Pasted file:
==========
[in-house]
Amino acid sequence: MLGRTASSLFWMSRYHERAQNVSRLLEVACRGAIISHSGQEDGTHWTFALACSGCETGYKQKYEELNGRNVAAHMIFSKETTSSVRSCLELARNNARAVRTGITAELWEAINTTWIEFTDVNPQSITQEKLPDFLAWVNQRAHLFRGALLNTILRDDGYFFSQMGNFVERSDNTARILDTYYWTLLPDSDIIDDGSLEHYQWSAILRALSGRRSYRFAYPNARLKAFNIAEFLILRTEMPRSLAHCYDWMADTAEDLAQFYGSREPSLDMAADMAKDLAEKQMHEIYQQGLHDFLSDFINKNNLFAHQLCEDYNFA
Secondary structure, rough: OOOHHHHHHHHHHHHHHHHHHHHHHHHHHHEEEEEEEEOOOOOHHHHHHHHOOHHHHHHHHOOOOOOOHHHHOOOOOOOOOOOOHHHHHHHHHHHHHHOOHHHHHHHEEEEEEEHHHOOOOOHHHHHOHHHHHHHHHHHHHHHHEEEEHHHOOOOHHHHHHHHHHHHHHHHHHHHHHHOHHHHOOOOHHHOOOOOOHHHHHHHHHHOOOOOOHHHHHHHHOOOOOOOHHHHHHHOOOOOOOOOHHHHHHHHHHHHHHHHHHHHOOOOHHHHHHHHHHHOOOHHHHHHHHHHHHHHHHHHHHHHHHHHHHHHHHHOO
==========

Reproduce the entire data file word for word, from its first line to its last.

[in-house]
Amino acid sequence: MLGRTASSLFWMSRYHERAQNVSRLLEVACRGAIISHSGQEDGTHWTFALACSGCETGYKQKYEELNGRNVAAHMIFSKETTSSVRSCLELARNNARAVRTGITAELWEAINTTWIEFTDVNPQSITQEKLPDFLAWVNQRAHLFRGALLNTILRDDGYFFSQMGNFVERSDNTARILDTYYWTLLPDSDIIDDGSLEHYQWSAILRALSGRRSYRFAYPNARLKAFNIAEFLILRTEMPRSLAHCYDWMADTAEDLAQFYGSREPSLDMAADMAKDLAEKQMHEIYQQGLHDFLSDFINKNNLFAHQLCEDYNFA
Secondary structure, rough: OOOHHHHHHHHHHHHHHHHHHHHHHHHHHHEEEEEEEEOOOOOHHHHHHHHOOHHHHHHHHOOOOOOOHHHHOOOOOOOOOOOOHHHHHHHHHHHHHHOOHHHHHHHEEEEEEEHHHOOOOOHHHHHOHHHHHHHHHHHHHHHHEEEEHHHOOOOHHHHHHHHHHHHHHHHHHHHHHHOHHHHOOOOHHHOOOOOOHHHHHHHHHHOOOOOOHHHHHHHHOOOOOOOHHHHHHHOOOOOOOOOHHHHHHHHHHHHHHHHHHHHOOOOHHHHHHHHHHHOOOHHHHHHHHHHHHHHHHHHHHHHHHHHHHHHHHHOO